The food you eat is important to how you feel – not just physically, but emotionally as well.  Certain foods can affect your bipolar moods, according to research I have done for my website devoted to bipolar disorder.


Bipolar disorder is a neurological illness; that is, it involves the brain.  Specifically, it involves the neuroreceptors of the brain.  What does this have to do with food?  If your body has the nourishment it needs, your brain can function more effectively.


What does food have to do with your bipolar moods?  The food you eat can affect how you feel.  For example, too much sugar, chocolate, or caffeine, can make someone with bipolar disorder feel "manicky."  Then when they come down from their "high," they can feel depressed, or out of energy.


On the other hand, foods such as fruits and vegetables, fish, and whole grains may help to maintain bipolar stability, as they are healthier.  They give more natural energy, as well, without the depressive "crash" afterwards (like sugar, chocolate, or caffeine).


Eating habits that benefit most people with bipolar disorder include three meals a day at approximately the same time every day.  An option to this would be six smaller meals spaced out evenly throughout the course of the day.


This keeps keep blood sugar more even – it keeps it from rising or falling dramatically, which can affect bipolar mood swings.


It is also important to get enough vitamins and minerals.  The right levels of B-vitamins (including folic acid), vitamin C and zinc are thought to help stabilize mood.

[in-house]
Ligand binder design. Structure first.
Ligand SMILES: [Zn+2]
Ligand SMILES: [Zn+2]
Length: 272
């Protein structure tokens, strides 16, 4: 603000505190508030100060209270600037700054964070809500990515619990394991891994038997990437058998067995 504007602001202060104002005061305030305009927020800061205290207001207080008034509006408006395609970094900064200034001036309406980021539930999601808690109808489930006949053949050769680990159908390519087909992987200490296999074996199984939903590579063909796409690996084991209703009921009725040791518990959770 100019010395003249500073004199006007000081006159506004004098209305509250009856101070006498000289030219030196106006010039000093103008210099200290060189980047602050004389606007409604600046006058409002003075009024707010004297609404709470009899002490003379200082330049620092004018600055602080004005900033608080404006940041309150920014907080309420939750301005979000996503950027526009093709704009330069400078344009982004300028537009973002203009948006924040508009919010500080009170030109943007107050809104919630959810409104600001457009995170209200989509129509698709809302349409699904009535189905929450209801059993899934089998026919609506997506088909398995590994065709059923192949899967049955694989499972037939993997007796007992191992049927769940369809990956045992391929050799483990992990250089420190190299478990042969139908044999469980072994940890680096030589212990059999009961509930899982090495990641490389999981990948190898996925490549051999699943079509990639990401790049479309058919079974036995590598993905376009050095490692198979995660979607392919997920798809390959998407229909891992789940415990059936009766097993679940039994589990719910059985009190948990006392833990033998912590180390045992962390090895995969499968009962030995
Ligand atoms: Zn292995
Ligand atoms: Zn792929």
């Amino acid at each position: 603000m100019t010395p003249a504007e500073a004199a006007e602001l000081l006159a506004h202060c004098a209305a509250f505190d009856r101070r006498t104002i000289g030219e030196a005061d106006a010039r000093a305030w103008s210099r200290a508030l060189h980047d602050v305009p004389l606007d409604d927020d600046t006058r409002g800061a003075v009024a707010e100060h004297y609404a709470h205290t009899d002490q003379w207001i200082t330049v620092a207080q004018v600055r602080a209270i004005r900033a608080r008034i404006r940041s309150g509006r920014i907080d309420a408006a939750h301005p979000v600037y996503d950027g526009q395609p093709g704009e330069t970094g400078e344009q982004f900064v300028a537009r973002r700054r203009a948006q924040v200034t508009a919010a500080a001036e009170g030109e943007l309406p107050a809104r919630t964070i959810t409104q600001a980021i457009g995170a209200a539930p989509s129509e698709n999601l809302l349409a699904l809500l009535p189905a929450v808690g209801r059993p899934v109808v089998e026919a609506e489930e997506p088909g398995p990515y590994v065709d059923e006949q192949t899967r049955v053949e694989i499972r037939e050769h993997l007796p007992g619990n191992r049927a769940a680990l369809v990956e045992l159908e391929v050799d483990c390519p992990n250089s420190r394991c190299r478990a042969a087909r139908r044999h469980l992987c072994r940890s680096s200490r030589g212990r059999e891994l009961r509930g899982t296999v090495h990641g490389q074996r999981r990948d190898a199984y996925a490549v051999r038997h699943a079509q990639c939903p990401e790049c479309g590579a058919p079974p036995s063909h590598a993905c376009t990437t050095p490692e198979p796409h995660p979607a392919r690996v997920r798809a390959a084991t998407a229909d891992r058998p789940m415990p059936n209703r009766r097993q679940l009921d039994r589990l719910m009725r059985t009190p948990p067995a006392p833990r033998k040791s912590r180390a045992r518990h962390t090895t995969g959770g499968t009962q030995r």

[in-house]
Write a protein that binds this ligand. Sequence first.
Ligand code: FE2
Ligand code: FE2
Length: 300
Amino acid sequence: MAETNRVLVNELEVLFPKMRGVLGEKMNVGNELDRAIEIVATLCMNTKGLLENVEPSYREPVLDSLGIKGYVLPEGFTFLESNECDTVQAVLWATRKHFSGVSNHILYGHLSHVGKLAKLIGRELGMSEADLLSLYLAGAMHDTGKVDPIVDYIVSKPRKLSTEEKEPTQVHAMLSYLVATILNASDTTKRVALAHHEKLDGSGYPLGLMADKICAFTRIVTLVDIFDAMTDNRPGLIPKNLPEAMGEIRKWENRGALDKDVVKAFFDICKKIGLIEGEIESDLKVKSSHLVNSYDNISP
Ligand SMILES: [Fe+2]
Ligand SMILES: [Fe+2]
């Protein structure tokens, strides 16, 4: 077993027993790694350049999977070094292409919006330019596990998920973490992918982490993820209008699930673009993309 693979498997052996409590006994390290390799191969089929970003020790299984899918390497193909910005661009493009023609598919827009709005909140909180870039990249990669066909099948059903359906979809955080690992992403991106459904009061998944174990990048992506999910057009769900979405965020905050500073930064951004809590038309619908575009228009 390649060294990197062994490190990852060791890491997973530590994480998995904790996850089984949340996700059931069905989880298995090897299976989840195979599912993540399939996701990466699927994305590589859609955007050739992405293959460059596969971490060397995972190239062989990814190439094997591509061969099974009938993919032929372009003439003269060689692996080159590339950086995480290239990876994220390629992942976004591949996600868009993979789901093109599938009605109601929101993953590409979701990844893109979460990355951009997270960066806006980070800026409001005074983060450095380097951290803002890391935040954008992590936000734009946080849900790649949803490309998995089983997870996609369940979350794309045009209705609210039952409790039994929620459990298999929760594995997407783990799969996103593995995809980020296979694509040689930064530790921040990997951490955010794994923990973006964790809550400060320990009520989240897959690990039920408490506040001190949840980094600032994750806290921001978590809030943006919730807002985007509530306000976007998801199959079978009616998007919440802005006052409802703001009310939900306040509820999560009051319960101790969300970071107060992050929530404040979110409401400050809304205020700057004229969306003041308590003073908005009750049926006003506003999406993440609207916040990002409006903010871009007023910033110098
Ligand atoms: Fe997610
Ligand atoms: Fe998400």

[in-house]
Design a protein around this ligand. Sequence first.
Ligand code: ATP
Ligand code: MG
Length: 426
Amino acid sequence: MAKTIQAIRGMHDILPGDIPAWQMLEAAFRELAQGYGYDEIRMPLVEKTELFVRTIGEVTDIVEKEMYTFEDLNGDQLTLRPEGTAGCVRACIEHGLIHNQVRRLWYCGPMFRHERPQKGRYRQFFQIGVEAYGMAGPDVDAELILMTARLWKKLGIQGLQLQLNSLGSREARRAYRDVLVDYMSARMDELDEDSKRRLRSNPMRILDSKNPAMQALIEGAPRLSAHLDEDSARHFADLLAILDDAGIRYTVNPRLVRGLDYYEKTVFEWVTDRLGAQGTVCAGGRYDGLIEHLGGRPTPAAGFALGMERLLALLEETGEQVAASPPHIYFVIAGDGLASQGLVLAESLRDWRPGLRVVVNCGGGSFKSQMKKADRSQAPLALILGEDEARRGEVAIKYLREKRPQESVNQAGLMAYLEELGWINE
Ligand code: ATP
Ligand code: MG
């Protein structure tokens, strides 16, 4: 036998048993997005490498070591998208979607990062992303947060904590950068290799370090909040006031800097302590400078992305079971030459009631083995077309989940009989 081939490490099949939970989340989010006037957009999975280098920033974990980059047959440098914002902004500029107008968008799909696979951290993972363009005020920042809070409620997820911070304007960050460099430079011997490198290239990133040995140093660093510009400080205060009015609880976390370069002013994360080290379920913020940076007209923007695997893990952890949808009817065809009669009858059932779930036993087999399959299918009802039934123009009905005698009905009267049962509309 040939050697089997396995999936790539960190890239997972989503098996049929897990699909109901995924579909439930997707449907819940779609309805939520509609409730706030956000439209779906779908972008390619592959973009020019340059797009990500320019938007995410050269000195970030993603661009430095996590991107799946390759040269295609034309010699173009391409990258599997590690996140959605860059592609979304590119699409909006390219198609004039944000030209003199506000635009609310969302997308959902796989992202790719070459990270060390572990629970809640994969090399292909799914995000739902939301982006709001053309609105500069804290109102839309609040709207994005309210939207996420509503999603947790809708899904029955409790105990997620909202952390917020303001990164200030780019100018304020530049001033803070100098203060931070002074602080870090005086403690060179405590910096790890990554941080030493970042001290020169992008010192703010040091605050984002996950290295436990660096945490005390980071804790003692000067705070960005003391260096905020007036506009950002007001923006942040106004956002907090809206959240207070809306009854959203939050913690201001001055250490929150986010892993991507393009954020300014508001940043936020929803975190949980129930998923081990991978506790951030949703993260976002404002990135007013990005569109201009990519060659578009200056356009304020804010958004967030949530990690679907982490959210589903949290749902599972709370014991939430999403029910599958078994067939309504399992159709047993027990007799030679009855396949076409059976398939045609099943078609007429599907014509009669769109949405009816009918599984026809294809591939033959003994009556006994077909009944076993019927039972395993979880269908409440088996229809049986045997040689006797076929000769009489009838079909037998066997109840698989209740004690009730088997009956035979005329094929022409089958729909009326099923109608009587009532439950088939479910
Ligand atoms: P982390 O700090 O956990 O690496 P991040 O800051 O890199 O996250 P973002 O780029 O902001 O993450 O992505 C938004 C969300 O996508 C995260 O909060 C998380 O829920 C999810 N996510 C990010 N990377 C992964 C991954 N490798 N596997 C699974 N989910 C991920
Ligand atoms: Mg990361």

NOTE:  Although taking vitamins and supplements are important, they are never to be used INSTEAD OF bipolar medications, but always IN ADDITION TO bipolar medications.  Never go off your bipolar medications without the direct supervision of your doctor.


If you notice that certain foods seem to be causing mood swings, avoid those foods for a week and see if you notice a change in your moods.


What you drink is as important as what you eat.  If you drink too much coffee, for instance, it can cause you to feel anxious, nervous, and to have mood swings.  Alcohol is a depressant and can cause your bipolar depression to worsen.  In addition, it can cause disruption in sleep patterns and interfere with your bipolar medication.


Some bipolar medications can cause weight gain, so it may be tempting to go on a crash diet to lose that weight.  Doctors advise against this, because if you eliminate anything from your diet (even fat), it may have negative consequences for your mood and general health.